ARGENTINA – Scientists at Argentina’s National Institute of Agricultural Technology (INTA) are on the brink of introducing Latin America’s inaugural genetically edited potato.
The initiative focuses on deactivating the gene responsible for the potato’s discoloration post-cutting, peeling, or when exposed to impact during harvest and transit.
This enzymatic browning process negatively affects the tuber’s flavor, texture, appearance, and nutritional value.
Such browning and bruising often lead to substantial losses for farmers and contribute to food wastage as consumers reject discolored produce, adding to the problem.
According to Dr. Gabriela Massa, a researcher at the Agrobiotechnology Laboratory of the Balcarce Agricultural Experimental Station (INTA) and the National Council for Scientific and Technical Research – CONICET, the gene-edited potato “will be registered as a new variety, and from then on, it will be available to whoever wants to license it.”
Potatoes, cultivated for over 8,000 years in the Andes, rank as the world’s third most essential crop after rice and wheat.
They play a pivotal role in ensuring food security for millions across Latin America, Africa, and Asia, as highlighted by the International Potato Center based in Peru, the crop’s place of origin.
Employing the groundbreaking CRISPR-Cas9 genetic editing technique, Dr. Matías González’s doctoral thesis at INTA’s Agrobiotechnology Laboratory managed to deactivate the gene that triggers enzymatic browning in potatoes.
“Tests demonstrated that the edited potato remains unaffected for up to 48 hours when exposed to air—a stark contrast to conventional potatoes that darken within minutes,” said Dr. González.
The edited potato variety, based on Desiree, underwent scrutiny from Argentine regulatory authorities.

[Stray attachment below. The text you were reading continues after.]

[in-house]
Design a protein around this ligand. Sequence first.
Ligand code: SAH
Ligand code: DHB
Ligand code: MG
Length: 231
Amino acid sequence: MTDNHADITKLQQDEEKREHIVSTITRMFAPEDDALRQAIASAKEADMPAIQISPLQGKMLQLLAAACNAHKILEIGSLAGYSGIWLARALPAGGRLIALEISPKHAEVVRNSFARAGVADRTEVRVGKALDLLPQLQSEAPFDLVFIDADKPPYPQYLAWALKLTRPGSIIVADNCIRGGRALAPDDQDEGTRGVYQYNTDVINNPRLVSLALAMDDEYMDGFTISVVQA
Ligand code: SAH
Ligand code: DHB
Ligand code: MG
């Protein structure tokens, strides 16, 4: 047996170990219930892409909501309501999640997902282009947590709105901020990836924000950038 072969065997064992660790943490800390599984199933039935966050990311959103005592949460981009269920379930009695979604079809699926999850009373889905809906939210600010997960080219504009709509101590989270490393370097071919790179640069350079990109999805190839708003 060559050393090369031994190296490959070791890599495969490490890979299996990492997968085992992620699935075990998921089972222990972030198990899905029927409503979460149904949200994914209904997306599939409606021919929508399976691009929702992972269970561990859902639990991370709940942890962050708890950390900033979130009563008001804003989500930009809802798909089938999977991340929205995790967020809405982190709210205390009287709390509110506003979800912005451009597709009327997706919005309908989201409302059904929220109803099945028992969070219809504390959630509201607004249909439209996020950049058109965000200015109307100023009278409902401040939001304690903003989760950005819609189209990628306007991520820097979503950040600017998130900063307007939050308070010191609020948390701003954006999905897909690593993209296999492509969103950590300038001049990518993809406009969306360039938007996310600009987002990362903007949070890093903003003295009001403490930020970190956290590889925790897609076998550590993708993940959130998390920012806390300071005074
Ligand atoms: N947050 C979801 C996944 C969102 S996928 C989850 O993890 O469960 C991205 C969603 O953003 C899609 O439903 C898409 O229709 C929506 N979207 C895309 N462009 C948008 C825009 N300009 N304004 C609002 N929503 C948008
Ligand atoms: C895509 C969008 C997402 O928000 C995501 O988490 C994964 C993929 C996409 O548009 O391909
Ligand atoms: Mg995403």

As it doesn’t contain genes from distant organisms, it’s classified as conventional, sidestepping the regulatory framework for transgenic crops.
While initially developed in the Desiree variety, this breakthrough can be replicated in other varieties, opening doors for broader agricultural improvement across various countries.
Dr. Gabriela Massa, an INTA and CONICET researcher, emphasized the potato’s groundbreaking potential.
“This potato sets a precedent for utilizing modern biotechnological advancements in crop enhancement. Its application can extend to varieties of interest across Latin America and beyond.”
The development’s potential impact in Latin American nations where potatoes hold significant dietary and economic value is considerable.
María Andrea Uscátegui of Agro-Bio believes licensing this technology could benefit farmers and consumers by reducing food losses and enhancing nutritional value.
INTA recently secured government funding to further potato research, focusing on creating genetically edited varieties resistant to cold-induced sweetening, crucial for the potato chip industry.
Additionally, they aim to develop water-efficient edited potatoes, bolstering resilience against drought scenarios.
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